Named after the president of the Ontario Agricultural College, the Creelman lily became popular and won an Award of Merit from the Royal Horticultural Society in 1934. The demand for ornamental plants was high after the First World War. Plant breeders used the Creelman lily to make further hybrids, and it was collected as far away as Europe and Australia. However, despite the popularity of the Creelman lily, the variety virtually disappeared from the Canadian gardening world in the 1940s.
Alex Henderson, curator at the Royal Botanical Gardens in Burlington, Ontario, has been searching for the Creelman lily since 2007. He believed he rediscovered the lily through a bulb from a colleague at the University of Guelph, but experimentation and careful research into Preston’s notes determined the lily to be an inferior cultivar. Henderson hopes to rediscover the original Creelman lily cultivar through ongoing research.
Central Experimental Farm
In 1920, Preston joined the horticultural division of the Central Experimental Farm (CEF) in Ottawa under William T. Macoun. In the years following the First World War, about half of the ornamental plants imported from the United States and Europe were not suitable for the Canadian climate. Macoun needed an ambitious, experienced plant breeder to develop hybrids more suitable for Canada, including plants hardy enough to survive northern prairie winters. Preston was determined to solve this dilemma and was the first CEF employee to specialize in ornamental plant breeding.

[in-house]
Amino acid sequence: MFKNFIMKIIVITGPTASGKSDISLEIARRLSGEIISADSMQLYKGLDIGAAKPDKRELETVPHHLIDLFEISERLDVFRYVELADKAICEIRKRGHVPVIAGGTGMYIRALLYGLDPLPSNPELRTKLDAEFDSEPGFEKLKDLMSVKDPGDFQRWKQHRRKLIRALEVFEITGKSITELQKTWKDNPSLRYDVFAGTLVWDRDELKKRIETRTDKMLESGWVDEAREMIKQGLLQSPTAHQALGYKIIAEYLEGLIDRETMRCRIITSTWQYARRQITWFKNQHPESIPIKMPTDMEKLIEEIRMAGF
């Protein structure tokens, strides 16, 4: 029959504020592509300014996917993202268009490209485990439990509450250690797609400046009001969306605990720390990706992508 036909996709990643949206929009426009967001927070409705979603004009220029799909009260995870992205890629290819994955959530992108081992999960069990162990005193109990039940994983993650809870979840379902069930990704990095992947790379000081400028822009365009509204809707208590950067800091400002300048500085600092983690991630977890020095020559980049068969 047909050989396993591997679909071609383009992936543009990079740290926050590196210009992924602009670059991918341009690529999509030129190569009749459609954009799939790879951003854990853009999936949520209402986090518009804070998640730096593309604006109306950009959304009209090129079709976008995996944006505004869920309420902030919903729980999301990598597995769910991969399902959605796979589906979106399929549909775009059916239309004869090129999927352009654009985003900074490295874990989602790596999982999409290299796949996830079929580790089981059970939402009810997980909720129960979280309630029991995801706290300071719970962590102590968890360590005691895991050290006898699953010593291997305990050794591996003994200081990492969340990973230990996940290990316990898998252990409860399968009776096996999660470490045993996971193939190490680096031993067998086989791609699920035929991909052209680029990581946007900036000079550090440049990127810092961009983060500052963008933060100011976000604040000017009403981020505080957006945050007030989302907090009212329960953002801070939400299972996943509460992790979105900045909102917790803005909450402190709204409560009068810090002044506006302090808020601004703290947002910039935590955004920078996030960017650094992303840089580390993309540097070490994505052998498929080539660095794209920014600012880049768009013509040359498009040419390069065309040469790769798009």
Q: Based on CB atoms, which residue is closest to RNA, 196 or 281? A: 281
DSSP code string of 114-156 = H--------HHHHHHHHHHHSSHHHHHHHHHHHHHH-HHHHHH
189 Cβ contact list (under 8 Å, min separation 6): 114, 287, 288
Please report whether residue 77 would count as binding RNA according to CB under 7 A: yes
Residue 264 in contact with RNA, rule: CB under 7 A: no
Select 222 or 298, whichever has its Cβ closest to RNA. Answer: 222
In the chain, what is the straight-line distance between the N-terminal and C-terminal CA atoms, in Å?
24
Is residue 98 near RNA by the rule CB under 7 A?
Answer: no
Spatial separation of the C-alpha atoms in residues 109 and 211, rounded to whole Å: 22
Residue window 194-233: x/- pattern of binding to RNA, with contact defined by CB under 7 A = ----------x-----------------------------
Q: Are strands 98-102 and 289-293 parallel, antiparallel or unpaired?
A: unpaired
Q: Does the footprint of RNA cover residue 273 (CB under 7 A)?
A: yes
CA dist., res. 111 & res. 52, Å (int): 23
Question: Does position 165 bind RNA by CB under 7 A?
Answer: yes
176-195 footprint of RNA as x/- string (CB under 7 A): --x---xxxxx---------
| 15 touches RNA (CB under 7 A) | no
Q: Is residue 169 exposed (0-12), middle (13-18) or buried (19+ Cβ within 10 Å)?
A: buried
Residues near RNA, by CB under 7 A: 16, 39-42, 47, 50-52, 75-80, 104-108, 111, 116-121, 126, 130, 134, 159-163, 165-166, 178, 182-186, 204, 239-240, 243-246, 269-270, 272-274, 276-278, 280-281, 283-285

Preston was originally hired as a day labourer at the farm, owing to hiring policies in the civil service that discriminated against women. In practice, though, she immediately began her experimental work and in two years was officially appointed Specialist in Ornamental Horticulture. She eventually rose to the position of Dominion Horticulturalist, defying gender expectations of the time. She originated over 200 hybrids, working particularly with roses, lilacs, irises, columbines, crab apples and lilies. Her hybrids were disease-resistant and well suited to geographic regions within Canada, since one of the mandates of the CEF was to produce plants hardy enough to survive northern prairie winters.